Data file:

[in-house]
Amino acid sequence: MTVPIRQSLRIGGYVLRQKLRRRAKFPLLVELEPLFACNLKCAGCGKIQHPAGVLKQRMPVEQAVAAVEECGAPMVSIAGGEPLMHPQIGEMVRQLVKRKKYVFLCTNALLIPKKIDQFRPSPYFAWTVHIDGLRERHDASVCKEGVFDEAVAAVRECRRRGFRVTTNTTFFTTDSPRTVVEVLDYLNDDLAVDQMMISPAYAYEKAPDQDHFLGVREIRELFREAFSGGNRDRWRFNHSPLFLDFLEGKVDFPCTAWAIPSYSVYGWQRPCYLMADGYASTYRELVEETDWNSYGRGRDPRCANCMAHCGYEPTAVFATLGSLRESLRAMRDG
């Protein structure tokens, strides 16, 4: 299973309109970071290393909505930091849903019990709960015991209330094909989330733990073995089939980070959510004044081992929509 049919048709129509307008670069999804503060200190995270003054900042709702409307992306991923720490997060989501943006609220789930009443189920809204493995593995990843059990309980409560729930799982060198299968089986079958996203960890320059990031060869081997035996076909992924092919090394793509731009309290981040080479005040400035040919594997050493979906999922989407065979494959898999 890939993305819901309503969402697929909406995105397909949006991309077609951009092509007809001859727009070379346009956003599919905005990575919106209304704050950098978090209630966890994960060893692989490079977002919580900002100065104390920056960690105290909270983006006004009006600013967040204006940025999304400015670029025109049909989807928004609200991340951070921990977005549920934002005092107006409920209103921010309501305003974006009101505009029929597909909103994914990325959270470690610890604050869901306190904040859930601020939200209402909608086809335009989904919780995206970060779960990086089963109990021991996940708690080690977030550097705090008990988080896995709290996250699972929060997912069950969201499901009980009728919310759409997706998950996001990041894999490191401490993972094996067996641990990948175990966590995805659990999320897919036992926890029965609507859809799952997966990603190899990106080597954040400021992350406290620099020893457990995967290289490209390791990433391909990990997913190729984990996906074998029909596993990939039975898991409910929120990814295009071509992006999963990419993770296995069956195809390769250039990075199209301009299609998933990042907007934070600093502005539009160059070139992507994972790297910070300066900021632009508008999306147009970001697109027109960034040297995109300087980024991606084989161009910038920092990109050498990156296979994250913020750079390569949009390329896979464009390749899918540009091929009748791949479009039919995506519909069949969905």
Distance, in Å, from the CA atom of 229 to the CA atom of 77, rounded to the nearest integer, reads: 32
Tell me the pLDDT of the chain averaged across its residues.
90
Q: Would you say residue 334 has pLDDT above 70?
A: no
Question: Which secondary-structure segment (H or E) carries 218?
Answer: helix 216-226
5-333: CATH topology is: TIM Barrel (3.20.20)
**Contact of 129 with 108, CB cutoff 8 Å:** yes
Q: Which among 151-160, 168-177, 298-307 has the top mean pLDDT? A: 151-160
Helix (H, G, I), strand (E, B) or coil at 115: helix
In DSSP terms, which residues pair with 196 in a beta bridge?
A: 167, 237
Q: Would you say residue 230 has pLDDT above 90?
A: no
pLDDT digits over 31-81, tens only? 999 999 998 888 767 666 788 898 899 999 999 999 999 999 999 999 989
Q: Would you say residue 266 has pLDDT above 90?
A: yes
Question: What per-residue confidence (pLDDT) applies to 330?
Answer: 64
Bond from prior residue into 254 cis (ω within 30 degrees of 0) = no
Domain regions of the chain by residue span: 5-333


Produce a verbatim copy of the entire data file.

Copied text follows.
[in-house]
Amino acid sequence: MTVPIRQSLRIGGYVLRQKLRRRAKFPLLVELEPLFACNLKCAGCGKIQHPAGVLKQRMPVEQAVAAVEECGAPMVSIAGGEPLMHPQIGEMVRQLVKRKKYVFLCTNALLIPKKIDQFRPSPYFAWTVHIDGLRERHDASVCKEGVFDEAVAAVRECRRRGFRVTTNTTFFTTDSPRTVVEVLDYLNDDLAVDQMMISPAYAYEKAPDQDHFLGVREIRELFREAFSGGNRDRWRFNHSPLFLDFLEGKVDFPCTAWAIPSYSVYGWQRPCYLMADGYASTYRELVEETDWNSYGRGRDPRCANCMAHCGYEPTAVFATLGSLRESLRAMRDG
């Protein structure tokens, strides 16, 4: 299973309109970071290393909505930091849903019990709960015991209330094909989330733990073995089939980070959510004044081992929509 049919048709129509307008670069999804503060200190995270003054900042709702409307992306991923720490997060989501943006609220789930009443189920809204493995593995990843059990309980409560729930799982060198299968089986079958996203960890320059990031060869081997035996076909992924092919090394793509731009309290981040080479005040400035040919594997050493979906999922989407065979494959898999 890939993305819901309503969402697929909406995105397909949006991309077609951009092509007809001859727009070379346009956003599919905005990575919106209304704050950098978090209630966890994960060893692989490079977002919580900002100065104390920056960690105290909270983006006004009006600013967040204006940025999304400015670029025109049909989807928004609200991340951070921990977005549920934002005092107006409920209103921010309501305003974006009101505009029929597909909103994914990325959270470690610890604050869901306190904040859930601020939200209402909608086809335009989904919780995206970060779960990086089963109990021991996940708690080690977030550097705090008990988080896995709290996250699972929060997912069950969201499901009980009728919310759409997706998950996001990041894999490191401490993972094996067996641990990948175990966590995805659990999320897919036992926890029965609507859809799952997966990603190899990106080597954040400021992350406290620099020893457990995967290289490209390791990433391909990990997913190729984990996906074998029909596993990939039975898991409910929120990814295009071509992006999963990419993770296995069956195809390769250039990075199209301009299609998933990042907007934070600093502005539009160059070139992507994972790297910070300066900021632009508008999306147009970001697109027109960034040297995109300087980024991606084989161009910038920092990109050498990156296979994250913020750079390569949009390329896979464009390749899918540009091929009748791949479009039919995506519909069949969905």
Distance, in Å, from the CA atom of 229 to the CA atom of 77, rounded to the nearest integer, reads: 32
Tell me the pLDDT of the chain averaged across its residues.
90
Q: Would you say residue 334 has pLDDT above 70?
A: no
Question: Which secondary-structure segment (H or E) carries 218?
Answer: helix 216-226
5-333: CATH topology is: TIM Barrel (3.20.20)
**Contact of 129 with 108, CB cutoff 8 Å:** yes
Q: Which among 151-160, 168-177, 298-307 has the top mean pLDDT? A: 151-160
Helix (H, G, I), strand (E, B) or coil at 115: helix
In DSSP terms, which residues pair with 196 in a beta bridge?
A: 167, 237
Q: Would you say residue 230 has pLDDT above 90?
A: no
pLDDT digits over 31-81, tens only? 999 999 998 888 767 666 788 898 899 999 999 999 999 999 999 999 989
Q: Would you say residue 266 has pLDDT above 90?
A: yes
Question: What per-residue confidence (pLDDT) applies to 330?
Answer: 64
Bond from prior residue into 254 cis (ω within 30 degrees of 0) = no
Domain regions of the chain by residue span: 5-333